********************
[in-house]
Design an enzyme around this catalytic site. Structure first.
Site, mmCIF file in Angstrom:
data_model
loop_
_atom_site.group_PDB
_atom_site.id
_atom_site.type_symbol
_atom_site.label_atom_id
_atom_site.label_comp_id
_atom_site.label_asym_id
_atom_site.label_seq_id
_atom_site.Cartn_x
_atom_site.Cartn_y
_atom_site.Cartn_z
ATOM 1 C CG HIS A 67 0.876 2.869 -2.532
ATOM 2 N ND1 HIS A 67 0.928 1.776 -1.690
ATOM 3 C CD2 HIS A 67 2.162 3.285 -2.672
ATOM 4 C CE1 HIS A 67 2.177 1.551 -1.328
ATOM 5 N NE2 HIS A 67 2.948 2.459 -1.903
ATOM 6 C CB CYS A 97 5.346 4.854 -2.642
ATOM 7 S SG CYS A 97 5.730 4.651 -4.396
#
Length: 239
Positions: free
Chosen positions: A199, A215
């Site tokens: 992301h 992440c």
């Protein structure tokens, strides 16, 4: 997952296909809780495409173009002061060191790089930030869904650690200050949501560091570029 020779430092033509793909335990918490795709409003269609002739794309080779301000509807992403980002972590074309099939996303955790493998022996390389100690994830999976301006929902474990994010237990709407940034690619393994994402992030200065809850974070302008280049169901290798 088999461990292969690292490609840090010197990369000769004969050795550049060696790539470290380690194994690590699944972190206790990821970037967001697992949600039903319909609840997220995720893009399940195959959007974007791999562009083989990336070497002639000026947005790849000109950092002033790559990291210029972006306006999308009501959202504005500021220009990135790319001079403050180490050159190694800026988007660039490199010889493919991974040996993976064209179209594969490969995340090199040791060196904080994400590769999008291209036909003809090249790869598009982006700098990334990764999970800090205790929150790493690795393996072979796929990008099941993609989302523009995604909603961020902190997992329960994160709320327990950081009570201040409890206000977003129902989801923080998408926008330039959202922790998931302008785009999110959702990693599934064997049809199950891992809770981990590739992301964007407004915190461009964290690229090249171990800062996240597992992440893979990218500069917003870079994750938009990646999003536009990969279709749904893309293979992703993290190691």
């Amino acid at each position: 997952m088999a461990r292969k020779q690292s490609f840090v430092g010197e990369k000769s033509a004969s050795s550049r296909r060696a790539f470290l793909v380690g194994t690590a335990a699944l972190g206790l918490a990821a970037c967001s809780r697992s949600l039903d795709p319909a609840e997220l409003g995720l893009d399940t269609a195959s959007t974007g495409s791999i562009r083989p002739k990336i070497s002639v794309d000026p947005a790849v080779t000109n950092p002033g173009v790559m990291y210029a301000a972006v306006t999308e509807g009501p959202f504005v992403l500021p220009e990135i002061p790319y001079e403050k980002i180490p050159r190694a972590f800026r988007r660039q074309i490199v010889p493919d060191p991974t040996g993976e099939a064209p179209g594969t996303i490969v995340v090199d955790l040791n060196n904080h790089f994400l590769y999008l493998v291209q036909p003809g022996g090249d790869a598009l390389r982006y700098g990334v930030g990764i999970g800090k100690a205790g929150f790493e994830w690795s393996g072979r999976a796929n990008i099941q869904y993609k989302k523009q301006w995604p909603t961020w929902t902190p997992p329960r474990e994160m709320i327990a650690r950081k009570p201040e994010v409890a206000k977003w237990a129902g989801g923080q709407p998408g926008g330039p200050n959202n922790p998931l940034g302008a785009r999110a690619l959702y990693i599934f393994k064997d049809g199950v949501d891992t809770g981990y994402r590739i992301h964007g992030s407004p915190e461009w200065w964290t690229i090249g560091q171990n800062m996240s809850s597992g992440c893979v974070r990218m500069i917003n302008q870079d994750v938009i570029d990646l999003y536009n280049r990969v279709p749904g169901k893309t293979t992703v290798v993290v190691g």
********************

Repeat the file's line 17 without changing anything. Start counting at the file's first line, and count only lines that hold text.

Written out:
ATOM 2 N ND1 HIS A 67 0.928 1.776 -1.690